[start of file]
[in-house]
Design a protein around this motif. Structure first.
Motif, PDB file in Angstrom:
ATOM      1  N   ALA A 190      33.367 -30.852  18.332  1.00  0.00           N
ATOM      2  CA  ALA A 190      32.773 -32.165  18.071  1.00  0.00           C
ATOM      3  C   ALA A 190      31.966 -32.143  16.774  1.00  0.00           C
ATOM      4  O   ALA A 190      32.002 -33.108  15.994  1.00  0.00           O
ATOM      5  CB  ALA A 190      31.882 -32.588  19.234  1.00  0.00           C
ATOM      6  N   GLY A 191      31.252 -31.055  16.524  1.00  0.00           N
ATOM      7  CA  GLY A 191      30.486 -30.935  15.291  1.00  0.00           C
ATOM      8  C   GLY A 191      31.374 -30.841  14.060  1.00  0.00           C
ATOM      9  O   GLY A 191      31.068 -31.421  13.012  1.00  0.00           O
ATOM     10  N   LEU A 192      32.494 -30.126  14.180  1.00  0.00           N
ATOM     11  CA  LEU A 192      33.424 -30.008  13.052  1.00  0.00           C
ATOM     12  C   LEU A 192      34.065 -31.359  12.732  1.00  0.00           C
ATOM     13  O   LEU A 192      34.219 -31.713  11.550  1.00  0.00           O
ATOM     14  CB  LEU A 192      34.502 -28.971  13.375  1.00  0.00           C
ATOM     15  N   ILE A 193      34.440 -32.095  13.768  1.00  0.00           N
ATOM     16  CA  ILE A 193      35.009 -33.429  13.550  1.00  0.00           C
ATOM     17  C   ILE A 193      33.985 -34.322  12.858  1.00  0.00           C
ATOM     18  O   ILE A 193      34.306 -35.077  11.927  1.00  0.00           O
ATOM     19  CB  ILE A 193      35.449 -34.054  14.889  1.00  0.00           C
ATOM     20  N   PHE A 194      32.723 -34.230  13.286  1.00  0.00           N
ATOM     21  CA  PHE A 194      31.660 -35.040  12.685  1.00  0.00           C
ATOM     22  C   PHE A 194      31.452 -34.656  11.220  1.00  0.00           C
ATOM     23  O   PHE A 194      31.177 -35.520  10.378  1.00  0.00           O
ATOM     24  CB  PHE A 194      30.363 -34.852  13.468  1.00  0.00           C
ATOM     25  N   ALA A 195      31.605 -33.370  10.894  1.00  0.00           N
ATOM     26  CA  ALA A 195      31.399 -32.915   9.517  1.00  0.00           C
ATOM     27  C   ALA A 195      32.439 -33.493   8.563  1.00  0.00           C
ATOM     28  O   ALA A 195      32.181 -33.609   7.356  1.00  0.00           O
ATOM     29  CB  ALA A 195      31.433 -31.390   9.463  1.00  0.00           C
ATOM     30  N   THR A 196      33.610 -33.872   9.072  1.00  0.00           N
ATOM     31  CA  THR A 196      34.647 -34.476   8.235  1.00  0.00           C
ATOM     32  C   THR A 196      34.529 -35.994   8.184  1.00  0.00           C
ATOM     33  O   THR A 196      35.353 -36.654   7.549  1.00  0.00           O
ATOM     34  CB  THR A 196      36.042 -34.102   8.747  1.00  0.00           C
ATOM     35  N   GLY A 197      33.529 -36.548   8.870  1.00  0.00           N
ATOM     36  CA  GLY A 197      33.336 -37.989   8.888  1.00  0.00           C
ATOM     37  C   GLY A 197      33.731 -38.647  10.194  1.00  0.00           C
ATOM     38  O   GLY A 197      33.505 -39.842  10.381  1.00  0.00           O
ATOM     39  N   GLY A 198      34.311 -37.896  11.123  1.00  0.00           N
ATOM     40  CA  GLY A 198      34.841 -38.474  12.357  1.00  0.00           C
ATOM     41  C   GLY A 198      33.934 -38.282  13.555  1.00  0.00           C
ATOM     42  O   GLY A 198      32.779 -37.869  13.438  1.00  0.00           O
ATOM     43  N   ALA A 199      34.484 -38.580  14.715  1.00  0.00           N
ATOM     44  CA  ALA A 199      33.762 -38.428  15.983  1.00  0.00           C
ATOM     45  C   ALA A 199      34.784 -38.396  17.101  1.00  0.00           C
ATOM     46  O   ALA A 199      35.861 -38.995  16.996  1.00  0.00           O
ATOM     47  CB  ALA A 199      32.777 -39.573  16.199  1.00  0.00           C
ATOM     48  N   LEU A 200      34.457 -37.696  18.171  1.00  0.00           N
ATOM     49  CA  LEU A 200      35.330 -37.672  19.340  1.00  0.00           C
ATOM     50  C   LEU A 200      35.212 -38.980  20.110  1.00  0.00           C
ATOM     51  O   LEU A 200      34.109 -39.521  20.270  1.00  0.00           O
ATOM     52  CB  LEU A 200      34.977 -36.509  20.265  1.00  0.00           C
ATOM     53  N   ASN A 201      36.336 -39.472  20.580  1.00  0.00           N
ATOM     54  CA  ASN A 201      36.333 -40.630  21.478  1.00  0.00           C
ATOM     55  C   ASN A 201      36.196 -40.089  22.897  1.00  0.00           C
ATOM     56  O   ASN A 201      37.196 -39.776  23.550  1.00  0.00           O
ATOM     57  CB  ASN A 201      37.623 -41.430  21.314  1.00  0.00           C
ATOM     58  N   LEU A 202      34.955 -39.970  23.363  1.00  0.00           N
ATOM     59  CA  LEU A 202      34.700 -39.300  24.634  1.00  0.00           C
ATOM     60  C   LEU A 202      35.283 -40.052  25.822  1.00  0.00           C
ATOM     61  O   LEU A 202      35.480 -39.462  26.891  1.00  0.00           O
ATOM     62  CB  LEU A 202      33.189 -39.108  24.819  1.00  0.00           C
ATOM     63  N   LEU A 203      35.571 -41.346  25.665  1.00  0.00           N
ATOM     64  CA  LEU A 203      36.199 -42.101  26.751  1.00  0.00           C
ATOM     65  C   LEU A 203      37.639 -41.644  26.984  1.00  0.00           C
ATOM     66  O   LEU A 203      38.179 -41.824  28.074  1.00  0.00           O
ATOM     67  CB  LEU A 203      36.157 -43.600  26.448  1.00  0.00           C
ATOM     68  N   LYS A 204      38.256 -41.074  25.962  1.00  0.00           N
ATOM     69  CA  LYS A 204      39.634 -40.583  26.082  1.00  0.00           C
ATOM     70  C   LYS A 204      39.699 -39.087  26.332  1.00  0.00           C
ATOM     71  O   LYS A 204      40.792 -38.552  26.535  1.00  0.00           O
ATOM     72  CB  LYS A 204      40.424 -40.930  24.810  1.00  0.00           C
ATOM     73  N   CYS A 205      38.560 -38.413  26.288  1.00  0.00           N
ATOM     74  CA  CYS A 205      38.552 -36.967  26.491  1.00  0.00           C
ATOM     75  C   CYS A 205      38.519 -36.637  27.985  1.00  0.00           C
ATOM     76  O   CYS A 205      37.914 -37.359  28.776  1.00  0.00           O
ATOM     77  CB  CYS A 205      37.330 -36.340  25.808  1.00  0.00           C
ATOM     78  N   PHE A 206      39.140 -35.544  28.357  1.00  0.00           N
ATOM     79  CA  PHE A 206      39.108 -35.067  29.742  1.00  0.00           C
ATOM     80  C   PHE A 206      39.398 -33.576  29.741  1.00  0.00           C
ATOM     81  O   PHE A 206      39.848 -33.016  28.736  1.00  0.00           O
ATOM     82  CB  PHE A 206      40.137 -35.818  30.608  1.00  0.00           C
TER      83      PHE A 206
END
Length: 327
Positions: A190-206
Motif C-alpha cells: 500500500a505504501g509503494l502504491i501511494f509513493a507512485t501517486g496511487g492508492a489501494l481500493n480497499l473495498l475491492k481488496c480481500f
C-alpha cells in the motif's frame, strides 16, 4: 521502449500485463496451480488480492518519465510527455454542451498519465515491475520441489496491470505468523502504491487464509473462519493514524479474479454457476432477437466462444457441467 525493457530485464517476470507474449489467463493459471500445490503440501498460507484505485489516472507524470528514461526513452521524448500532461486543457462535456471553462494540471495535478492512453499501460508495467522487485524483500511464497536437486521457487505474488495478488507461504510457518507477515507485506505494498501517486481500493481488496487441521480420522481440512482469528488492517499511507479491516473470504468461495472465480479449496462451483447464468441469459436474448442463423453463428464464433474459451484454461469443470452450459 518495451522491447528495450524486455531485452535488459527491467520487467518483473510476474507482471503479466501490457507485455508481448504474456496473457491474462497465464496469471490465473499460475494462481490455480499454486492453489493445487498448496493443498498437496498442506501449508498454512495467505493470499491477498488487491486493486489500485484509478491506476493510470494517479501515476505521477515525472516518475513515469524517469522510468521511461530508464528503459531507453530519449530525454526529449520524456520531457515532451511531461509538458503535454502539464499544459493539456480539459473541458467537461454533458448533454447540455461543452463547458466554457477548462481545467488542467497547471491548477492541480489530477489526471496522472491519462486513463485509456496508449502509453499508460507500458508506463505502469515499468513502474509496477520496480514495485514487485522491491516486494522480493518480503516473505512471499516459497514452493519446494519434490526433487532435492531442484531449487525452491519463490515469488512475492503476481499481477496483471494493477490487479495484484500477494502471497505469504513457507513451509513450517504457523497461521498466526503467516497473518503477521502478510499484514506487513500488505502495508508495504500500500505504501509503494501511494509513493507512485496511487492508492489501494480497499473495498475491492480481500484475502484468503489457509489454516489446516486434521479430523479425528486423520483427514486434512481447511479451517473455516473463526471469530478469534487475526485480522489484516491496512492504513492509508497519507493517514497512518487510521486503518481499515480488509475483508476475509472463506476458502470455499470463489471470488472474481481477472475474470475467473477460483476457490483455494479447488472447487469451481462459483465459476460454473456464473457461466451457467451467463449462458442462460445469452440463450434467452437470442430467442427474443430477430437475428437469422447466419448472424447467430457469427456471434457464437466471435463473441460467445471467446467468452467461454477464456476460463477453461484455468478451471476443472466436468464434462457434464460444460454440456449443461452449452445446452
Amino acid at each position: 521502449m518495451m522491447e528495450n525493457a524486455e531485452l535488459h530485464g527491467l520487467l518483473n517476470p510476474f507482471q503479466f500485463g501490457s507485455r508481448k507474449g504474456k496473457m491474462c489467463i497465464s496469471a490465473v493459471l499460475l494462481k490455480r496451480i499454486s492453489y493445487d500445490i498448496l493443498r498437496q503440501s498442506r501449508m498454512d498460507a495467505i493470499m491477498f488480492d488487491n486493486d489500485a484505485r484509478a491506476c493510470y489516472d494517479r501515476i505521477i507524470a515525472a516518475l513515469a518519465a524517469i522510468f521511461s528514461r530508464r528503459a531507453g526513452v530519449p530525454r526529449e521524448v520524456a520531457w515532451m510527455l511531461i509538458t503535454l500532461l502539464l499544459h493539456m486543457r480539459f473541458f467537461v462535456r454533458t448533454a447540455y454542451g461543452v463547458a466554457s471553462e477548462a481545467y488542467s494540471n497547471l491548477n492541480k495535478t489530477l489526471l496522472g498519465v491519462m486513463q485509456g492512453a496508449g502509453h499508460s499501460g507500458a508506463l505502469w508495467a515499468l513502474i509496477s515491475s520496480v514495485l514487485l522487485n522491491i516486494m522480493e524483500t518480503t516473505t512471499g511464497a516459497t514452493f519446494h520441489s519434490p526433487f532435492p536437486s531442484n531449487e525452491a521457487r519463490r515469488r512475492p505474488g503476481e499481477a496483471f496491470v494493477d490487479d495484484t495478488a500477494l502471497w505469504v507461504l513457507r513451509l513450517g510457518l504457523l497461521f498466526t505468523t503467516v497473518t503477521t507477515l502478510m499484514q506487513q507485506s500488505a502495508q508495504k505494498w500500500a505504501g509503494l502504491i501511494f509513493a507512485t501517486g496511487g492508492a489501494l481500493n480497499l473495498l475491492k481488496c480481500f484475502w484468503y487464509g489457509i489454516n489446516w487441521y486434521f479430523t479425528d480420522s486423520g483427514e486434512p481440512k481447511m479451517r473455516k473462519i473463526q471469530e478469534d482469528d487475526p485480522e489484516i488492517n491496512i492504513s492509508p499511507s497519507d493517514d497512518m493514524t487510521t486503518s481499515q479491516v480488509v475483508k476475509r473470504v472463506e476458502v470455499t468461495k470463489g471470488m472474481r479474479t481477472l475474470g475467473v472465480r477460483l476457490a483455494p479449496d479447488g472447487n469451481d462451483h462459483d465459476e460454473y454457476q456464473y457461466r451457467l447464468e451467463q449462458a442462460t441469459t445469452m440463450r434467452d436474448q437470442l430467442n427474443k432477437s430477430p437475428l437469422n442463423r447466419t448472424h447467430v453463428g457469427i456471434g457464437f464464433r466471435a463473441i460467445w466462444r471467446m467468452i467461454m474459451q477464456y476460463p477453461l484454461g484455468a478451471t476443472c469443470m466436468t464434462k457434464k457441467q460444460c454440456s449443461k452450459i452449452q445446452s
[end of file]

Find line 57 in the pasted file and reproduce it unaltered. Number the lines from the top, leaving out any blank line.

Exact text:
ATOM     54  CA  ASN A 201      36.333 -40.630  21.478  1.00  0.00           C